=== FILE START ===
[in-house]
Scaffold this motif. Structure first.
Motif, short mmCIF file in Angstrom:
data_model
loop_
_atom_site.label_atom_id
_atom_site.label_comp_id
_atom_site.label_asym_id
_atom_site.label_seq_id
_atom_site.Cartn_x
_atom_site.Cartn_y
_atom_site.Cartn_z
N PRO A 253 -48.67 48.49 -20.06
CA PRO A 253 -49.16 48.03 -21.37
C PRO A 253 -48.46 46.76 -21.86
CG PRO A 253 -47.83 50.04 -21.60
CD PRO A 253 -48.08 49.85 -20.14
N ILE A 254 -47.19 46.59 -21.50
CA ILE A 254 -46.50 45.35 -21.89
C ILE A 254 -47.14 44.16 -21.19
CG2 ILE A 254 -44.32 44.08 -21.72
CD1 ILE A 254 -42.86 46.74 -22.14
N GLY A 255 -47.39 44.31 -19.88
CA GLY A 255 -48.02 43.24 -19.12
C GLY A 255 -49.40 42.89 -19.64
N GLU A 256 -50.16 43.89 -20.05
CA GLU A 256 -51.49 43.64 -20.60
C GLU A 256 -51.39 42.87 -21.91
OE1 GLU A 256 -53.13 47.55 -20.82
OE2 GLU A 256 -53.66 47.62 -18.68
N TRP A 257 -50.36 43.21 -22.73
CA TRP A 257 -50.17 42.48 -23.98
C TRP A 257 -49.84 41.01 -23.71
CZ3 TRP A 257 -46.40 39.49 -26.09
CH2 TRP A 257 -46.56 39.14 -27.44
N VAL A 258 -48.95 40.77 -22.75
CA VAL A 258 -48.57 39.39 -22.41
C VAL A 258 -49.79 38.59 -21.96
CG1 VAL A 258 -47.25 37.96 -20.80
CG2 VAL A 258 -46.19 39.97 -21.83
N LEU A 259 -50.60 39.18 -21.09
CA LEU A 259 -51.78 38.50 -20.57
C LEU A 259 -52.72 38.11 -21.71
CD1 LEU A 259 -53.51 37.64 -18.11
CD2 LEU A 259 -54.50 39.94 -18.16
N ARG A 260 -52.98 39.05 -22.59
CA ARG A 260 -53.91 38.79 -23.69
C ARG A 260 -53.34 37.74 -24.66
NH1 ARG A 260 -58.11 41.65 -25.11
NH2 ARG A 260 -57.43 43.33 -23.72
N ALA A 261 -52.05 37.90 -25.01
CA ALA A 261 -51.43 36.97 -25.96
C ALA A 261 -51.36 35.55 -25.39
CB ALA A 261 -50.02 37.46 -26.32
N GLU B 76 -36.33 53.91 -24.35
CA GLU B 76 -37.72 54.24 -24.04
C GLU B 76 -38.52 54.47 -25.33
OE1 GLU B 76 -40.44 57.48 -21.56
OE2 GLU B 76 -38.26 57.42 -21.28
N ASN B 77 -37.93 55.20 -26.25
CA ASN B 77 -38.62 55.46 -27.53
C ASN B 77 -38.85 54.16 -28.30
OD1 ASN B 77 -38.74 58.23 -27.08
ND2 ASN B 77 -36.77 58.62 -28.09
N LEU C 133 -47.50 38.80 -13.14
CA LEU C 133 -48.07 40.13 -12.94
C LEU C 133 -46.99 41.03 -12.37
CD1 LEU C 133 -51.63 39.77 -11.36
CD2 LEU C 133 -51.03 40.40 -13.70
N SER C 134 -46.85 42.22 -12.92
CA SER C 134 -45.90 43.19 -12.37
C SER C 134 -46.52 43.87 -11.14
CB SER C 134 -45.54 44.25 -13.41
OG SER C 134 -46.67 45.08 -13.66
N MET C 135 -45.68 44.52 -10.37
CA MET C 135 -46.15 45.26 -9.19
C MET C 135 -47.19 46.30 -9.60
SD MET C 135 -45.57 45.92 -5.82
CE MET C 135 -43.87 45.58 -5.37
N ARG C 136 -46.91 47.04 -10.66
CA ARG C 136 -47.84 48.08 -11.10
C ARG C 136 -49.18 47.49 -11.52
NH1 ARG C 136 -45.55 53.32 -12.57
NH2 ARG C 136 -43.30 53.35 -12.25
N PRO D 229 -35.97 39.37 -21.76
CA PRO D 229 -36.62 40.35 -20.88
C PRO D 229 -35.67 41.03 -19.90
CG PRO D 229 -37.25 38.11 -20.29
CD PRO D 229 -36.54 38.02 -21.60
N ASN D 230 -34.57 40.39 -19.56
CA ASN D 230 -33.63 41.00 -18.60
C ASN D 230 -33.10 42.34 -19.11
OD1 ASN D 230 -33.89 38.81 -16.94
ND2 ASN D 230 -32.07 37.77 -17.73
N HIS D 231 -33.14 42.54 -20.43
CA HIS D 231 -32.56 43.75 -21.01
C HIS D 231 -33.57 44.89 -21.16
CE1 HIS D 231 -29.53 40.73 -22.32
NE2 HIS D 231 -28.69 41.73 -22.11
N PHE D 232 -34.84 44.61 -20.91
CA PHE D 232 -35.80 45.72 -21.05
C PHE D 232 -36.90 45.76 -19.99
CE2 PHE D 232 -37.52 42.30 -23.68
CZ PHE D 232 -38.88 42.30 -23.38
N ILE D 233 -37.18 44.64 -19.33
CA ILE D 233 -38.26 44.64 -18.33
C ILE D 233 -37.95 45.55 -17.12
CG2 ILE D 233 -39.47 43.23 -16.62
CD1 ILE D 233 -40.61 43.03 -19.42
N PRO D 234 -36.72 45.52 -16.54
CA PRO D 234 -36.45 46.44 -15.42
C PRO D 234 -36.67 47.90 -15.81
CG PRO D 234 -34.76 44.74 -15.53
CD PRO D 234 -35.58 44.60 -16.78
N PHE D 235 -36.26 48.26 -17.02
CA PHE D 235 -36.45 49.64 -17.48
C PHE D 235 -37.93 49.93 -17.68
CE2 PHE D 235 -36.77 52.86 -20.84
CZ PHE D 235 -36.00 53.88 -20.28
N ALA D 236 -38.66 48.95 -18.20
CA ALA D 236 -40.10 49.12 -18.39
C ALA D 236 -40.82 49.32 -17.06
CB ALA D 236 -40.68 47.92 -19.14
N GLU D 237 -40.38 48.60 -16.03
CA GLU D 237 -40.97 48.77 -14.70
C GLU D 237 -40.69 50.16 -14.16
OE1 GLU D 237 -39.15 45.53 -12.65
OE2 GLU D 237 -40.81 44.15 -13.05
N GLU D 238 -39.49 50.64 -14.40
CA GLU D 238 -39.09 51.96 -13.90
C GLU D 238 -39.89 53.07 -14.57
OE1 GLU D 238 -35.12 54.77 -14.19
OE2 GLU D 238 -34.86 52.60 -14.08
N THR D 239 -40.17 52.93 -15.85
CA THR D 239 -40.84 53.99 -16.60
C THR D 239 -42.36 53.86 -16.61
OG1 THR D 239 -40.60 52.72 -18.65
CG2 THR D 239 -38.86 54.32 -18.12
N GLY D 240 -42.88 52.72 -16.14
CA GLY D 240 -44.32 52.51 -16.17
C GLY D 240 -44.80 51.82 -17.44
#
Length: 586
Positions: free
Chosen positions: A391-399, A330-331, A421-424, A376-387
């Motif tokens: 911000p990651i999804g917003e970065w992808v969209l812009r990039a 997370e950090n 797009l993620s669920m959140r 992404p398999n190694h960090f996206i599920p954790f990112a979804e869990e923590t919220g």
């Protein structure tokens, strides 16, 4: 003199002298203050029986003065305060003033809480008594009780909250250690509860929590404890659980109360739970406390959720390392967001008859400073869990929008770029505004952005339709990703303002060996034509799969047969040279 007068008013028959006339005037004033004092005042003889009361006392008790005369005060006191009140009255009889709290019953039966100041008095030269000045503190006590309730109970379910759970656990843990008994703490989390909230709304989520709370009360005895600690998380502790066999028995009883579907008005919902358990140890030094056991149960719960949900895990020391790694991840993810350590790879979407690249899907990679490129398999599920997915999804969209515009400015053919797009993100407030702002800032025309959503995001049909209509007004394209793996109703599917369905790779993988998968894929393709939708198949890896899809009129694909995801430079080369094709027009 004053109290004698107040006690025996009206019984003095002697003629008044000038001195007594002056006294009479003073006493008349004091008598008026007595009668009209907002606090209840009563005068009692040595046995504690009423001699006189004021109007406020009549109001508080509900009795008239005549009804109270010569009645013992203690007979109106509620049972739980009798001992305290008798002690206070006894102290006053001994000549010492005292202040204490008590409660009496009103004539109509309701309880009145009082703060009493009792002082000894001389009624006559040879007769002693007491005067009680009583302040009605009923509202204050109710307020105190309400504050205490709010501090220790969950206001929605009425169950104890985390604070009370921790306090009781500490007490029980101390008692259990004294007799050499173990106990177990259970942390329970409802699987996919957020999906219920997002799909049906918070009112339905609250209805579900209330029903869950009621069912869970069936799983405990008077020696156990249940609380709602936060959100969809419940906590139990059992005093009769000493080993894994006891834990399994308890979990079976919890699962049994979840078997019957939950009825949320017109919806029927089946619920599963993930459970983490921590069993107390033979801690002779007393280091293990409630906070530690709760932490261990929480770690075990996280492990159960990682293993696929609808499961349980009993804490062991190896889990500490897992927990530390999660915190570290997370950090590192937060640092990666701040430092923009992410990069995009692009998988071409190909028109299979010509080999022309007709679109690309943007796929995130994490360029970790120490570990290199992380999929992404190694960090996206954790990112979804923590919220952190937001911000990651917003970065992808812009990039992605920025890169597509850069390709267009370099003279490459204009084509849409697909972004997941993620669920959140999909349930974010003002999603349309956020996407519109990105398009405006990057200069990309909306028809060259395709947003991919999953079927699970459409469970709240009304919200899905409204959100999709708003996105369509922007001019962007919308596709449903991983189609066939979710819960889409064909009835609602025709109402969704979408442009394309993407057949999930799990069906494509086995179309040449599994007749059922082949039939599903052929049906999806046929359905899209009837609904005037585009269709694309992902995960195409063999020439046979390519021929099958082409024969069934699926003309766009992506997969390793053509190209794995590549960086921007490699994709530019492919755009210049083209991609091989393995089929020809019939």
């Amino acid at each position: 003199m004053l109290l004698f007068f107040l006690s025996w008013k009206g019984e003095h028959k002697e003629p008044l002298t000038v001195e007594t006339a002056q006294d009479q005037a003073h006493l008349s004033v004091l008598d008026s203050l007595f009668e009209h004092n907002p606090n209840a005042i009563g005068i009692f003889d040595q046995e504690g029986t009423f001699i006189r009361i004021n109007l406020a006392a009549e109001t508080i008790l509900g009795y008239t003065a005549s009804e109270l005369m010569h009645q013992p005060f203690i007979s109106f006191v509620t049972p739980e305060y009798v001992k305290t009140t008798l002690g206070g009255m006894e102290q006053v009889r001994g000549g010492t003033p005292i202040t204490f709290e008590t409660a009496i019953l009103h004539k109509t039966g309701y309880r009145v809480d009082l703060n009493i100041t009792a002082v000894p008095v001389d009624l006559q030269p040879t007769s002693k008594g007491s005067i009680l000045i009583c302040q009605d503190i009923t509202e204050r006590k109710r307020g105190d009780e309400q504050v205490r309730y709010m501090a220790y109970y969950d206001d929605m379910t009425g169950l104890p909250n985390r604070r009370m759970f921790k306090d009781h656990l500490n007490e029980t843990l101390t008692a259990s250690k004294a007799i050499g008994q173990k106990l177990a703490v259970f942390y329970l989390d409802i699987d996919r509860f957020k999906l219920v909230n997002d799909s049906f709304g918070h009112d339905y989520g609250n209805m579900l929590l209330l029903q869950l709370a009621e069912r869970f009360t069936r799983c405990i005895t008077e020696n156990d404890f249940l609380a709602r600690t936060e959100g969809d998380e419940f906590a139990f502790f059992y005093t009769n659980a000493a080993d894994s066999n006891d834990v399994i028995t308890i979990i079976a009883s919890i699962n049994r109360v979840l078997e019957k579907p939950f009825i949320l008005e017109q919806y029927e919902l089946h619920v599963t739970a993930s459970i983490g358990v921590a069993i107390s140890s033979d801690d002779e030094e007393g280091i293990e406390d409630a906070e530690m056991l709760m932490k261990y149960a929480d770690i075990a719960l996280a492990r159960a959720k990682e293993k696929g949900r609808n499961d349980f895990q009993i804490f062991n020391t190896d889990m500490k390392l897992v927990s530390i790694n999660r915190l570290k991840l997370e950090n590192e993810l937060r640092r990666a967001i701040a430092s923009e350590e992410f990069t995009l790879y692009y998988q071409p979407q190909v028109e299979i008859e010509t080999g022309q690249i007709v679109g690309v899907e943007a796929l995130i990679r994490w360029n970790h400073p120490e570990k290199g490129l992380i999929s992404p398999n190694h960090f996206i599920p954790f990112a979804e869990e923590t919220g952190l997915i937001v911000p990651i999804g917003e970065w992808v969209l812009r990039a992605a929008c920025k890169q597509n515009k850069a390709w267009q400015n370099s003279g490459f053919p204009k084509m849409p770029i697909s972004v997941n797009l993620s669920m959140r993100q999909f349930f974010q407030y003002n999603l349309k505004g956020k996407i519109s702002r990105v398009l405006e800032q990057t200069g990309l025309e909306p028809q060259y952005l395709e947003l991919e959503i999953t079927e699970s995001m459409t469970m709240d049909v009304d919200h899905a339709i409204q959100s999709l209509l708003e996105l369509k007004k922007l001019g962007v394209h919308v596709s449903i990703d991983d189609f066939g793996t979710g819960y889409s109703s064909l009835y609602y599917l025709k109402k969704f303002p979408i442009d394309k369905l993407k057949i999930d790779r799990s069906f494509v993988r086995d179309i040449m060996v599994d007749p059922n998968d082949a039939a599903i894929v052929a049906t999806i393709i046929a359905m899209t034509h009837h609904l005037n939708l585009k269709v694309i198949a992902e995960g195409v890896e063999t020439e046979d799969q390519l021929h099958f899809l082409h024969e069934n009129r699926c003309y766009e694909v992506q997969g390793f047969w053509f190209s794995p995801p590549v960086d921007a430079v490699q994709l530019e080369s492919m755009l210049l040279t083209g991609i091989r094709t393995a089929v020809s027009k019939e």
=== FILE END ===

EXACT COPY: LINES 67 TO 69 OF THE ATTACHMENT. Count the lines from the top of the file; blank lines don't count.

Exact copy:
C LEU C 133 -46.99 41.03 -12.37
CD1 LEU C 133 -51.63 39.77 -11.36
CD2 LEU C 133 -51.03 40.40 -13.70